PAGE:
Suppose you were running one day and you came to a barrier across your path. What would you do? Would you stop, assess the height and then go under if you could?
Cataglyphis is a species of ant that runs on the hot sands during the day. Individual ants look for food and when they find something to eat, they pick it up and run straight home as fast as they can. Spending too long on the hot sands can be dangerous. Researchers from the University of Zurich have shown that the ants can figure out how high an obstacle is just by looking at it (as they run towards it), and lower their body the correct amount to run under without even stopping. Talk about a high speed limbo! If the researcher made the barrier out of something the ants couldn’t see, however, then they had to stop and feel the barricade with their antennae.
Several groups of scientists have been studying many aspects of how Cataglyphis gets around.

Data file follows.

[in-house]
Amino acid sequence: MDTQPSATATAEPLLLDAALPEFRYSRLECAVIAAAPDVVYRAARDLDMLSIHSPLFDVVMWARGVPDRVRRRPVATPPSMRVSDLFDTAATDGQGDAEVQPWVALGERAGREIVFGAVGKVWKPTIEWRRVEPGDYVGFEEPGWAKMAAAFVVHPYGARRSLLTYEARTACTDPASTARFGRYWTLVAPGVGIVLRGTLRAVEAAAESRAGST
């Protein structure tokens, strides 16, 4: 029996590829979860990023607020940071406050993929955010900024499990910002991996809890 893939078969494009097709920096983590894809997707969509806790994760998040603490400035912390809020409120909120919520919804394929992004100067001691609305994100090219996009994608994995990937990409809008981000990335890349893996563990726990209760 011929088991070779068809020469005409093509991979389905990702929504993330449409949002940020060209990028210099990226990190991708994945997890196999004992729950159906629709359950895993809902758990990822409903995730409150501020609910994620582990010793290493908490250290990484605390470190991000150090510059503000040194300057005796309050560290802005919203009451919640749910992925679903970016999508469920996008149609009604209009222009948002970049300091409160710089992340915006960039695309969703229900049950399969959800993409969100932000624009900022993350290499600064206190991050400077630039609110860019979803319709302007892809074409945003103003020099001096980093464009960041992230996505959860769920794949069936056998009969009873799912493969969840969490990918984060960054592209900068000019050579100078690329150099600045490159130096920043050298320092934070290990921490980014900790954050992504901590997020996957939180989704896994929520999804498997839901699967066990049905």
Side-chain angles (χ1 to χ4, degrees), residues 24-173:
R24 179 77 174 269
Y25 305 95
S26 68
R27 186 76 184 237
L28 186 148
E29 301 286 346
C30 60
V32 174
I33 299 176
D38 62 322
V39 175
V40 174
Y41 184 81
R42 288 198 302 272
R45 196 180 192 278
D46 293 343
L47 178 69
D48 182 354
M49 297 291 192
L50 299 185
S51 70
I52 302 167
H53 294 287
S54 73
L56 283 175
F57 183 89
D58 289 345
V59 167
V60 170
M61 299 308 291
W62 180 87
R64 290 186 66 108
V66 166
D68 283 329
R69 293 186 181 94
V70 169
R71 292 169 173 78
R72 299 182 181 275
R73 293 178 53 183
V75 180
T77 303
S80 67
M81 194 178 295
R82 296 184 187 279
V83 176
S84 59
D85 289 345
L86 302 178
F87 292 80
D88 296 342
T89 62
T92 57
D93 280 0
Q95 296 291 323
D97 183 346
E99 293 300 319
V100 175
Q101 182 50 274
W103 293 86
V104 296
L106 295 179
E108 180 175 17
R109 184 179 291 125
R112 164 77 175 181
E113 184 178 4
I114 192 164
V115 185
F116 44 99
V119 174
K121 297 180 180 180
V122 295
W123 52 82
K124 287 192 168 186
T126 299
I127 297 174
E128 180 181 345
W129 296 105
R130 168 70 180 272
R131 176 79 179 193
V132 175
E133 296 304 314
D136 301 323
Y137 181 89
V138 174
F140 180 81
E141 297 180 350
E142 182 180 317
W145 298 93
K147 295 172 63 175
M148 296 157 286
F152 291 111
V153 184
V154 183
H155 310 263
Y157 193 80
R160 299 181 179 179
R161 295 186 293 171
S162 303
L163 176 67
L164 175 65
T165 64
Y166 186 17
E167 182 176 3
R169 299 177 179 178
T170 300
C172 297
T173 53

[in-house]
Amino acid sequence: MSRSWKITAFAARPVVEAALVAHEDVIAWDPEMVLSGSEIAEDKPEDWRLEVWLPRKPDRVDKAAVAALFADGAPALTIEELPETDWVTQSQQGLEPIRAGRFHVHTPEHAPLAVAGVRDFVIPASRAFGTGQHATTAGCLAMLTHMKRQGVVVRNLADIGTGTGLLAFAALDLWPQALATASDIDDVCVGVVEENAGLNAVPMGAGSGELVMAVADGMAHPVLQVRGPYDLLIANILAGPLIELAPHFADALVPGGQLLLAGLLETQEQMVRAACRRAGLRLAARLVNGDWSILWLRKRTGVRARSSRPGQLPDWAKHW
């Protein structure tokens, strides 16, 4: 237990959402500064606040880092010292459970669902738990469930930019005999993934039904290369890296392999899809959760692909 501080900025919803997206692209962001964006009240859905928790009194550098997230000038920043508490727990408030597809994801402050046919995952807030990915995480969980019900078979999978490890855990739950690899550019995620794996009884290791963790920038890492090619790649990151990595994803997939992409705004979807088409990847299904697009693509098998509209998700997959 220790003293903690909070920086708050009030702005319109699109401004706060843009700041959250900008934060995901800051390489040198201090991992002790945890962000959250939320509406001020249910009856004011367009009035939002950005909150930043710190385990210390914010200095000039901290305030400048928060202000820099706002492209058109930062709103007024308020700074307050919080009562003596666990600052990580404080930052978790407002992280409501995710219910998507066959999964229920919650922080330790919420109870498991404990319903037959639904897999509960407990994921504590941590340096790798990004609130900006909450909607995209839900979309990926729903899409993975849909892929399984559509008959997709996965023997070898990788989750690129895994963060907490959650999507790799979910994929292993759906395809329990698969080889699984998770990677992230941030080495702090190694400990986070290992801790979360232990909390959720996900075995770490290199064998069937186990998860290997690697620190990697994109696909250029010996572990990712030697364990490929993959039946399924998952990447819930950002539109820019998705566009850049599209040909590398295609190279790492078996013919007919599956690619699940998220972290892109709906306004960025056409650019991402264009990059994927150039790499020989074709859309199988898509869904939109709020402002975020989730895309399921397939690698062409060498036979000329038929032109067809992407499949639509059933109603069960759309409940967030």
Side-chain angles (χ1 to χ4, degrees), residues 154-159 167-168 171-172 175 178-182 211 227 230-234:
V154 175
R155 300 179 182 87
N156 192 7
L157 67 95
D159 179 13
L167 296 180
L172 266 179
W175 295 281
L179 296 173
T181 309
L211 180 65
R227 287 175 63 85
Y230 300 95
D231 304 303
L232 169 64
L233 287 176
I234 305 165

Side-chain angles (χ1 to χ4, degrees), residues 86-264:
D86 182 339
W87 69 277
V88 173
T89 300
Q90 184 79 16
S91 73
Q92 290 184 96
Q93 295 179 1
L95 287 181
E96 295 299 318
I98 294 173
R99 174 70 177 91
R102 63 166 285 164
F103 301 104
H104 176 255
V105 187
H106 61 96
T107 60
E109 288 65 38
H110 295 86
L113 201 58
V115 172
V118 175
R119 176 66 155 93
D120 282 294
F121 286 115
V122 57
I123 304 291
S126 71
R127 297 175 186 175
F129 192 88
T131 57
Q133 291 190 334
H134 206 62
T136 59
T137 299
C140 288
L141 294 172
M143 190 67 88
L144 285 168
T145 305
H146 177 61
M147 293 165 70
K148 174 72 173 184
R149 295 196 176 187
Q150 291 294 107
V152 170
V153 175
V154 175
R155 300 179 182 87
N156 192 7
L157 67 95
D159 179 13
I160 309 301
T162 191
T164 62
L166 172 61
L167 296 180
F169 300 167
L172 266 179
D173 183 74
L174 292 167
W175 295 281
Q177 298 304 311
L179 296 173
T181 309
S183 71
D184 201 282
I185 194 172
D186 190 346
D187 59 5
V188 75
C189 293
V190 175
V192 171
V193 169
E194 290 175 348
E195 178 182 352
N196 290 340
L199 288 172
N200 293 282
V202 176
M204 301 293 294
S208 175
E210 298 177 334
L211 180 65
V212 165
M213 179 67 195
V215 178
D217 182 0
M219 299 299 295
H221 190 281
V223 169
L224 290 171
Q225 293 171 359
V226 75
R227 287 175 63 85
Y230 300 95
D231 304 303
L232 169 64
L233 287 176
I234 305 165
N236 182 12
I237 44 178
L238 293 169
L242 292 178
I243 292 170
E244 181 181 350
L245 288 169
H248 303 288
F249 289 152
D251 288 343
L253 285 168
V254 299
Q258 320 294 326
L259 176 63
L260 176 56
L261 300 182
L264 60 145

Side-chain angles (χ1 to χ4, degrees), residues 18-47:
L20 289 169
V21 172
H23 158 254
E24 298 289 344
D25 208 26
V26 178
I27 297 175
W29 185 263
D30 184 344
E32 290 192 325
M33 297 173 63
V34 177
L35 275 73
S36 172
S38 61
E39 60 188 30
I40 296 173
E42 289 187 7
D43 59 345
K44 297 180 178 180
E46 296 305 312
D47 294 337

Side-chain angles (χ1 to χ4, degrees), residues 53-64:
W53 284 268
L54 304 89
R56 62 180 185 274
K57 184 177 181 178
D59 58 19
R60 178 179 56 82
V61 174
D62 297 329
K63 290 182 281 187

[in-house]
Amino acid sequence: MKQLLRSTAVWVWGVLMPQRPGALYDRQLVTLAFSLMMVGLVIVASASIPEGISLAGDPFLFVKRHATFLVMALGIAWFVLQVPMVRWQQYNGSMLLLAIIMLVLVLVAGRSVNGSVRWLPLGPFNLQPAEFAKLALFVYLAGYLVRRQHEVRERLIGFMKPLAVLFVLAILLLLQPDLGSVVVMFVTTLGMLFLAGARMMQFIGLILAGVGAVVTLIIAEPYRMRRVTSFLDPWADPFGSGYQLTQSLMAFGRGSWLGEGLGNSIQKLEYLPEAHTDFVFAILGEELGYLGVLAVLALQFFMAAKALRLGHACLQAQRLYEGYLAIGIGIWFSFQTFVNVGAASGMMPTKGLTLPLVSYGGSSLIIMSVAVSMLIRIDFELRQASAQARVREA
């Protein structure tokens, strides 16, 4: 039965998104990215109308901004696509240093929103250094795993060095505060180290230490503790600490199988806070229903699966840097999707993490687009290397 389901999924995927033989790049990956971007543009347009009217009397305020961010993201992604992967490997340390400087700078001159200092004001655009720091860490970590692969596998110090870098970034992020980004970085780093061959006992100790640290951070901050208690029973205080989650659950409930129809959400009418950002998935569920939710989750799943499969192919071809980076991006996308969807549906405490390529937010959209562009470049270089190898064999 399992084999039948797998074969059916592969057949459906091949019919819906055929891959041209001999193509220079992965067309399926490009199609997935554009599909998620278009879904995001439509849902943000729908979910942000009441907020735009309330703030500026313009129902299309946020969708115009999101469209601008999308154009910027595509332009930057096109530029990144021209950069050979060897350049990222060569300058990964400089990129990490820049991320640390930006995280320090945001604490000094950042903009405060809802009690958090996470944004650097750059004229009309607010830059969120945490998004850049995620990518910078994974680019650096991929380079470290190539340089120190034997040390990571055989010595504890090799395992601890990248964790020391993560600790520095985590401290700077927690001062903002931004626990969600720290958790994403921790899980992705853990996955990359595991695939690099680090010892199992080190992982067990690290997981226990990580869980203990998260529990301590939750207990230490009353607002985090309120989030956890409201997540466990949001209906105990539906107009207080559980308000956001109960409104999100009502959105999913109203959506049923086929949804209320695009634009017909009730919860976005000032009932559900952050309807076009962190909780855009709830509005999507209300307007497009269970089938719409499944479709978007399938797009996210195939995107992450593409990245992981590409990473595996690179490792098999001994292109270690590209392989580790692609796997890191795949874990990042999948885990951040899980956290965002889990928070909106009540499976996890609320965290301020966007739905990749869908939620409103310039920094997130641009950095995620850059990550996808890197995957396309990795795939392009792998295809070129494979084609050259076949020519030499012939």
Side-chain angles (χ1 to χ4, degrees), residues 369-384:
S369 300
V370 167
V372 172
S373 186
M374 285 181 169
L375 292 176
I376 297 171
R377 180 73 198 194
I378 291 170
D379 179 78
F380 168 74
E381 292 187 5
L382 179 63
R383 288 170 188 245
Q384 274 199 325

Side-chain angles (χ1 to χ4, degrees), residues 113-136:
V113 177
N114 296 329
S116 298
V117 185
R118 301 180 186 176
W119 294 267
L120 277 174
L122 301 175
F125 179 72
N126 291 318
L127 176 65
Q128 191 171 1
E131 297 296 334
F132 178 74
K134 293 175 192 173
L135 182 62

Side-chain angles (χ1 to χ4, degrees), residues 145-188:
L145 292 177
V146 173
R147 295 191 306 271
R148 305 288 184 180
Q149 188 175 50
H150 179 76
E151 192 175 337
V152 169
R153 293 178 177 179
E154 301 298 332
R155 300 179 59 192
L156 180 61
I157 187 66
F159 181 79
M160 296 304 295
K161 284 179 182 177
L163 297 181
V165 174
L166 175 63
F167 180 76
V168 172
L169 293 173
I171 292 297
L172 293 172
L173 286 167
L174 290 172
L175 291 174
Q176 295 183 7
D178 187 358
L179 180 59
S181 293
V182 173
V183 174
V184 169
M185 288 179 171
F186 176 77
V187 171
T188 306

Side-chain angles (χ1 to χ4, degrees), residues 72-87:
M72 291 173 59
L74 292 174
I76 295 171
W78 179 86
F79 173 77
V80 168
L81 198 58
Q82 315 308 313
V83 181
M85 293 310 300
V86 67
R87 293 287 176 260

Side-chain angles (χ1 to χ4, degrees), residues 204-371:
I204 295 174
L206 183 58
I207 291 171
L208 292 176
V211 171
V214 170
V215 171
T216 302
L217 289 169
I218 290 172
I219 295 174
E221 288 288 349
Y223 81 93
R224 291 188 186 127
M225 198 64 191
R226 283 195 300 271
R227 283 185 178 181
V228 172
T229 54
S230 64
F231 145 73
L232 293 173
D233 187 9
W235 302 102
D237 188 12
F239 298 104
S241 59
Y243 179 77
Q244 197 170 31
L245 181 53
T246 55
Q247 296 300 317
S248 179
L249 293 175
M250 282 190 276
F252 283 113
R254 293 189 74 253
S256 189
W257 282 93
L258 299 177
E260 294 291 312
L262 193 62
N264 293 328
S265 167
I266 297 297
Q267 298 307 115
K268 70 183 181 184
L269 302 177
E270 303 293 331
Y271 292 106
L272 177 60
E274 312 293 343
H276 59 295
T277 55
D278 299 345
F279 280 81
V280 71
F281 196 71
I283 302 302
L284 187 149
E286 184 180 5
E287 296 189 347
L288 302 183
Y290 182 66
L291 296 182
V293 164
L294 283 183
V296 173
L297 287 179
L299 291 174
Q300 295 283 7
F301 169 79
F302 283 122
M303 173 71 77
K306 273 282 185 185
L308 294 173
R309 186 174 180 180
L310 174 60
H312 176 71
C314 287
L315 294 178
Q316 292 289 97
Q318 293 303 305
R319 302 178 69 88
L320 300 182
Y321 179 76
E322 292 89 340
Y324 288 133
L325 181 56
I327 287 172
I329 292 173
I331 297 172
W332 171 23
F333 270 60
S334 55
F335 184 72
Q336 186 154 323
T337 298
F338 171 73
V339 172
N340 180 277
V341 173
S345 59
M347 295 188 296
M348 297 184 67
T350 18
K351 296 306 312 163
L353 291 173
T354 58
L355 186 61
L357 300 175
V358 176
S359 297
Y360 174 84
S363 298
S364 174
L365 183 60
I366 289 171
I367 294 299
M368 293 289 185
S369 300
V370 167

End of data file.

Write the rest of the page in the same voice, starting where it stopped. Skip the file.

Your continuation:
First, the ants were shown to use visual clues such as position of the sun and polarized light to find their way back to the nest, as shown in this video.
Recently scientists from the Max Planck Institute for Chemical Ecology are looking at how ants use smells in the environment to orient themselves as well. Because these ants pick up dead insects for food, it would be likely that they would key in on odors. Using odors to create maps is a natural next step.
It makes sense for ants to have multiple systems for orientation. If your compass fails, why not have gps?
Now I know why I always orient to those bakery shops.
Science Daily has several articles about this ant: